Tech development or marketing ploy, redux

Discussion in 'Cycling Equipment' started by Doug Taylor, Jan 22, 2003.

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  1. Andy Coggan

    Andy Coggan Guest

    You decide:

    http://www.ncbi.nlm.nih.gov/entrez/query.fcgi?cmd=Retrieve&db=PubMed&list_ui
    ds=12165689&dopt=Abstract

    (Note that the Rotor cranks do exactly what Jim set out to accomplish with this one-legged offset
    chainring pedaling model, which is to alter the duty cycle from the normal 50%. While this was a
    complete independent effort on Jim's part, I'll bet that if he'd been aware of Rotor cranks when
    designing his study, he might have simply chosen to use them instead).

    Andy Coggan

    "Doug Taylor" <[email protected]> wrote in message
    news:[email protected]...
    > Okay, pundits, what's the verdict?
    >
    > http://www.cyclingnews.com/tech/?id=2002/reviews/rotor_cranks
    >
    >
    > --dt
     
  2. Phil Holman

    Phil Holman Guest

    "Andy Coggan" <[email protected]> wrote in message
    news:[email protected]...
    > You decide:
    >
    >
    http://www.ncbi.nlm.nih.gov/entrez/query.fcgi?cmd=Retrieve&db=Pub Med&list_ui
    > ds=12165689&dopt=Abstract
    >
    > (Note that the Rotor cranks do exactly what Jim set out to
    accomplish with
    > this one-legged offset chainring pedaling model, which is to
    alter the duty
    > cycle from the normal 50%. While this was a complete
    independent effort on
    > Jim's part, I'll bet that if he'd been aware of Rotor cranks
    when designing
    > his study, he might have simply chosen to use them instead).
    >
    > Andy Coggan
    >
    > "Doug Taylor" <[email protected]> wrote in message
    > news:[email protected]...
    > > Okay, pundits, what's the verdict?
    > >
    > > http://www.cyclingnews.com/tech/?id=2002/reviews/rotor_cranks

    See also http://www.ncbi.nlm.nih.gov/entrez/query.fcgi?cmd=Retrieve&db=Pub
    Med&list_uids=12231284&dopt=Abstract

    Article number 12231284 in pub med

    Interesting studies. Jobst's ploy of associating these devices with cranks (crackpot variety) is a
    weak argument of the fallacy of faulty analogy variety I.e. this is not about getting something for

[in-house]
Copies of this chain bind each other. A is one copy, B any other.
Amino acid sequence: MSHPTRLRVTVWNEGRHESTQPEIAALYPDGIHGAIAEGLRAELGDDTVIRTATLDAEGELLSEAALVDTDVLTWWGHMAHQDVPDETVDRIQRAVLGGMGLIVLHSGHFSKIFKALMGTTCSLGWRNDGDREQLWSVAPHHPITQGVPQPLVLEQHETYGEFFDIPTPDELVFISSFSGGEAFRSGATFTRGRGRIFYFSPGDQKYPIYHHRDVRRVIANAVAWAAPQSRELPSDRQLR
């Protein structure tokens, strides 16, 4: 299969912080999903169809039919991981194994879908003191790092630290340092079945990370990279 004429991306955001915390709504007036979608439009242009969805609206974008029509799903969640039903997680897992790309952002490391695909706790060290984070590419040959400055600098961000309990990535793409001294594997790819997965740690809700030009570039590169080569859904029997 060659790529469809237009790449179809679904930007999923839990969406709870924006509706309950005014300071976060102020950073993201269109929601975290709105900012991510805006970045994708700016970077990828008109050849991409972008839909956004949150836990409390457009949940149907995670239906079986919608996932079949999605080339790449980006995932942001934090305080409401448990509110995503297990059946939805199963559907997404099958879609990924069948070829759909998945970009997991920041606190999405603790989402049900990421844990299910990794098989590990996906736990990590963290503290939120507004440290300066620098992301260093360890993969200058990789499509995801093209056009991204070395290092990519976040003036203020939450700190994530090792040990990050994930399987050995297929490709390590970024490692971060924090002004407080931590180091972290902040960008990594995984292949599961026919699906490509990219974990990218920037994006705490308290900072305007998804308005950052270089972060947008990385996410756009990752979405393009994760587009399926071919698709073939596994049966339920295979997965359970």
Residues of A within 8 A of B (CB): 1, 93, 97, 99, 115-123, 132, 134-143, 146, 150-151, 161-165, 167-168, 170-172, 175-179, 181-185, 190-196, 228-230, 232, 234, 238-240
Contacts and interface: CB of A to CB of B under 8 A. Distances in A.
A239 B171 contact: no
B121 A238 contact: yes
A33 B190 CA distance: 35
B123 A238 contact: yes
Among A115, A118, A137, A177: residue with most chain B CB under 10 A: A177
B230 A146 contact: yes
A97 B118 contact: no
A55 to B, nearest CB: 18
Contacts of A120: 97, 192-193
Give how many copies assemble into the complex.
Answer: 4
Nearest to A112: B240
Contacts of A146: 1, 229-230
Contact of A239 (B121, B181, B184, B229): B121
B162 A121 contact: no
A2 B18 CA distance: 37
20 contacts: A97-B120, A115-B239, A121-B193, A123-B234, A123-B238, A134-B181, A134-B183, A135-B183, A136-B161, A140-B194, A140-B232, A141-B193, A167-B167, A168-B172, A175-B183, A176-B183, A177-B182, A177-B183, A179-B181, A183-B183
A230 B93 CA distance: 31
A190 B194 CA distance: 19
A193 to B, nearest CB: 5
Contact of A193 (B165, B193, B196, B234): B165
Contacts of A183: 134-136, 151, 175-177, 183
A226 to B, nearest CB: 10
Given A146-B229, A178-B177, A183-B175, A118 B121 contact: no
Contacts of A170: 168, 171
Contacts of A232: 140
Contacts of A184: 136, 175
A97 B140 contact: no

nothing and the laws of thermodynamics are not being violated.

    Phil Holman
     
  3. In article <%[email protected]>, [email protected] wrote:

    > Doug Taylor writes:
    >
    > > Okay, pundits, what's the verdict?
    >
    > http://www.cyclingnews.com/tech/?id=2002/reviews/rotor_cranks
    >
    > To bad these products never show a velocity profile for these solutions to non existent problems.
    > If they did, you could see that this is nothing more than a complex way of converting the output
    > of a round chainwheel to that of an elliptical one, using additional levers, bearings, and links.
    >
    > The claim of inefficiency with conventional cranks assumes that all development of piston engines,
    > be they steam, diesel or gasoline powered, was amiss and that the correct solution for converting
    > linear motion to circular motion will be found on bicycles. Investigating the definition of
    > efficiency makes the concept fall apart because inefficiency means that energy is lost to heat
    > somewhere in the power cycle. This is not so. Motion over the top and bottom of crank revolution
    > requires no work and therefore, no power.
    >
    > Just as with IC engines, all available gas pressure on the piston is expanded and that work
    > propels the crankshaft, regardless of geometric considerations of leverage and speed during the
    > cycle. The same is true on a bicycle which approximates the working of a piston engine admirably.
    > There is no inefficiency in pedaling that can be altered by invoking more muscles or operating at
    > irregular velocity.
    >
    > I find amazing how these gimmicks keep arising and how seriously they are taken even though they
    > are as much like perpetual motion machines as they can get, producing energy where the is none.

    Jobst, many IC engines use offset small-end wrist pins to change the power stroke characteristics of
    the engines:

    http://www.fiat-spider.net/servicemanualpages/Engine/piston-rodinspecting .htm

    I see where you're going with this, and remain agnostic myself on the merits of rotor cranks,
    Biopace, etc. But I think these offset cranks are in use in a good many applications where there is
    a desire to make the power and return strokes asymmetrical.

    --
    Ryan Cousineau, [email protected] http://www.sfu.ca/~rcousine President, Fabrizio Mazzoleni Fan Club
     
  4. Test them? Why go and do something as silly as actually riding and trying them? Isn't it better to
    theorize ad nauseam and create mathematical models to expound the virtues or define the weakness of
    a product? C'mon! Lets just postulate, man! You say "test" like this is some kind of riders forum. I
    bet you even "tested" pre 2K, Campy ders. with newer Ergo levers. Silly boy, don't you know it
    simply won't work?!?!

    [email protected] (Qui si parla Campagnolo) wrote in message
    news:<[email protected]>...
    > taylor-<< Okay, pundits, what's the verdict?
    >
    > http://www.cyclingnews.com/tech/?id=2002/reviews/rotor_crank >><BR><BR>
    >
    > we bought a pair to test(60 day money back guarantee)-we'll let ya know-
    >
    > Peter Chisholm Vecchio's Bicicletteria 1833 Pearl St. Boulder, CO, 80302
    > (303)440-3535 http://www.vecchios.com "Ruote convenzionali costruite eccezionalmente bene"
     
  5. Ron Hardin

    Ron Hardin Guest

    My own solution is two pedals on each side. You stand on the front ones with both feet,
    all the time.
    --
    Ron Hardin [email protected]

    On the internet, nobody knows you're a jerk.
     
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